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Friday - June 29, 2001
- A.I. Opens - Huge Weekend Expected
- Exploring the Dark Side of Star Trek
- The Squire's Tale
- News Link of the Day - Cinar Pulls Back From the Brink


Artificial IntelligenceA.I. Opens - Huge Weekend Expected
(by digitalmediafx.com) Steven Spielberg's AI opened today in 3,242 theaters to mostly positive reviews, although far from unanimous. The PG-13 rated Steven Spielberg movie, trying to follow the vision of the late Stanley Kubrick, is expected to bring in more than $50 million.

Many critics have been giving A.I. rave reviews scattered with mixed reviews and a handful of negative reviews. Here are some samples:

Rave Review Quote: Newsweek
"It’s a movie that makes us ponder the very nature of love—how it’s hard-wired into us, how it blurs the line between the selfish and the selfless. Is love the ultimate affirmation of free will, or its negation? A.I. exhilarates, frustrates and provokes: it’s the most ambitious Hollywood movie in sight."

Mixed Review Quote: USA Today
"The overall story, however, isn't as touching. Both distant and sentimental, it's too cozy for Kubrick and too chilly for Spielberg, who hasn't fashioned a movie this frustrating since 1987's Empire of the Sun. Like that film, this is a movie to be knocked, chewed and gummed, but not dismissed. It's the first 2001 release I've rushed to see twice. There haven't been many this year, and we'll be lucky if we get another one this summer."

Negative Review Quote: Orlando Sentinel
"...the movie (which opens today) doesn't live up to the hype. Instead of being the biggest film of the summer, it could be, for many movie-centrics, the season's biggest disappointment."

A.I. is being released by Warner Bros. domestically and DreamWorks overseas. Parents with small children should be cautioned that this movie is no E.T. as the rating reflects.

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Exploring the Dark Side of Star Trek (New Video Game)
(by digitalmediafx.com) Interplay has released a new addition to its Star Trek video game franchise. The newest game is Star Trek: Starfleet Command - Orion Pirates and is immediately available. Starfleet Command - Orion Pirates is a stand-alone expansion pack that adds a new storyline and features to the Star Trek: Starfleet Command series and allows gamers the opportunity of playing as the ruthless Orion Pirates for the first time.

Starfleet Command - Orion Pirates centers around the deadly Orion Pirates, a long-standing element of the Star Trek Universe. A brutal force of privateers and criminals controlling territories of Federation Space, the Orion Pirates consist of eight cartels, each with unique histories, user interfaces, crew voices and identifying logos. The game features a 12-mission campaign plus 26 skirmish missions and three bonus missions based on the classic TV episode "A Piece of the Action".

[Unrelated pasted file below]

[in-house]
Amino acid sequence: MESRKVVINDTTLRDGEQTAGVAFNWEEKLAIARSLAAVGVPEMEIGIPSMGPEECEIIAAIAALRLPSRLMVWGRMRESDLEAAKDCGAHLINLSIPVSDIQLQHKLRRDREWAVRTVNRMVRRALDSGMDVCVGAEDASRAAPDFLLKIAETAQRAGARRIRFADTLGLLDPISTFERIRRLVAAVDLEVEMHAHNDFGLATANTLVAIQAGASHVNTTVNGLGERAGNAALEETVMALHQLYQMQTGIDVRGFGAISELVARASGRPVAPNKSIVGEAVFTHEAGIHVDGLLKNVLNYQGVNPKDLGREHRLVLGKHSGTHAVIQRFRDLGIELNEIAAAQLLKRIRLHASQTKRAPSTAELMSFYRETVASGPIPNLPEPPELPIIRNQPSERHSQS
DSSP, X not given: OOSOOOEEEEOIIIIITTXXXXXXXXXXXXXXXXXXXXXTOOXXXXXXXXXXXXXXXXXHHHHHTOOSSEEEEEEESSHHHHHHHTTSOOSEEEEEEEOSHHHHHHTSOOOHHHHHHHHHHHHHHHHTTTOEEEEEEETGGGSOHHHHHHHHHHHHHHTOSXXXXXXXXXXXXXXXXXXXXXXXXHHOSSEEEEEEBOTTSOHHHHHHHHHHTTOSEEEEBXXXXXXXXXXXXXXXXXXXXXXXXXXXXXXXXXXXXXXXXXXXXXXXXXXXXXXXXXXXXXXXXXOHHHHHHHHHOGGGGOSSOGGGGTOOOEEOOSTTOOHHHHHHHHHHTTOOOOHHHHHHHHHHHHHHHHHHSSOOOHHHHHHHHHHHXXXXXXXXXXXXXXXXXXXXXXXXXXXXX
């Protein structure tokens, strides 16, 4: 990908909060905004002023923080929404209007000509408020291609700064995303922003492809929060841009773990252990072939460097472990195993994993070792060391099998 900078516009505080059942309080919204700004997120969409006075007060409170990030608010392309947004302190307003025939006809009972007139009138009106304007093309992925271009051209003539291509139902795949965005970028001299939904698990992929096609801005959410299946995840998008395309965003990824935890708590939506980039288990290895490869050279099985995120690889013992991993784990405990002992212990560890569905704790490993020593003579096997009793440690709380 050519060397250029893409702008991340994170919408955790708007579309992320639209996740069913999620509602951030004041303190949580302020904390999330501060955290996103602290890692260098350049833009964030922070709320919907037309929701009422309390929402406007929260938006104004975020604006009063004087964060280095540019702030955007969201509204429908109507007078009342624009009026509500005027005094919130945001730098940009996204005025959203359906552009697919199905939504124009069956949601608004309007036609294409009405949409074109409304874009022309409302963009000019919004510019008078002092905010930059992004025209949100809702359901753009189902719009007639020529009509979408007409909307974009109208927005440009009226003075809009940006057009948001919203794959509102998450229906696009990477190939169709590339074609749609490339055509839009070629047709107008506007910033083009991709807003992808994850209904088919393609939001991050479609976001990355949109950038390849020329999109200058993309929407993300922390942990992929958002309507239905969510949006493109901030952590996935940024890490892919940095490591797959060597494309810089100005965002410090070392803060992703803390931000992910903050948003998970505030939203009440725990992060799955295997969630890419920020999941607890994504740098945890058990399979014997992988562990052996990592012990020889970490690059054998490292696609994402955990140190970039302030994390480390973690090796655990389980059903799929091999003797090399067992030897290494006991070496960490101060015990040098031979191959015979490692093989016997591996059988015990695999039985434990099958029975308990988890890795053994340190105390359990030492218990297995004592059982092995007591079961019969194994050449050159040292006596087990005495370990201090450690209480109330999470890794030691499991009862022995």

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The Squire's Tale
(edited press release) “The Squire’s Tale” from Spider Eye (London) is one of the latest shorts to air as part of S4C and BBC2’s Canterbury Tales, an animated series depicting the individual tales. Animators at Spider Eye used Cambridge Animation Systems’ Animo software to bring “The Squire’s Tale” to life.

Chaucer’s Canterbury Tales unfolds with each member of a group of pilgrims telling a story during their arduous journey to Canterbury. When it comes to the Squire’s turn, he spins a tale of the King of Sarai in Tartany and his family. At the King’s birthday feast, each member of his family is given a special gift from the King of Arabia and India. His daughter Canacee receives a ring that enables her to understand the language of every bird. This ring comes in handy when Canacee encounters an injured peregrine falcon and uses her other abilities to heal the bird.

Animation, rendering and backgrounds for “The Squire’s Tale” were produced at Jumping Jack Productions Ltd. for transfer to Spider Eye, which provided direction, ink and paint, and compositing. Animators used Animo to produce multiple mattes made from both textures and watercolor artwork that was scanned in, creating the effect of watercolor washes on textured paper. The saturated colors of cross-dissolving watercolor swatches blended seamlessly and combined with multi-planing camera techniques to produce a very lyrical illustration of Chaucer’s text.

Much of the characters’ bodies were left transparent, allowing the individual watercolor backgrounds to appear loosely matted to the characters’ shapes. Defined character areas such as belts, garment patterns and skin tones were created by matting shapes out of watercolor-painted swatches that were scanned into the computer. For moving characters, it was often necessary to create film clips of cross-dissolving backgrounds that were then imported into scenes and matted to the characters in the final composite.

“Working digitally afforded us a great degree of flexibility with the ability to edit and adjust effects to produce the required look,” says John Brooks, producer with Spider Eye. “Animo’s Layer Palettes feature was invaluable for creating the necessary black matte runs to achieve a multi-layered effect.”

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News Link of the Day - Cinar Pulls Back From the Brink

According to the Montreal Gazette:

"Cinar Corp. has begun to turn the corner on the financial woes that have nearly destroyed it. The Montreal film-and-animation house reported a first-quarter loss of $6.35 million on revenues of $24.7 million. That compares with a loss of $51.2 million in revenues of $27.5 million for the corresponding three months last year…"

Click here for the full story.

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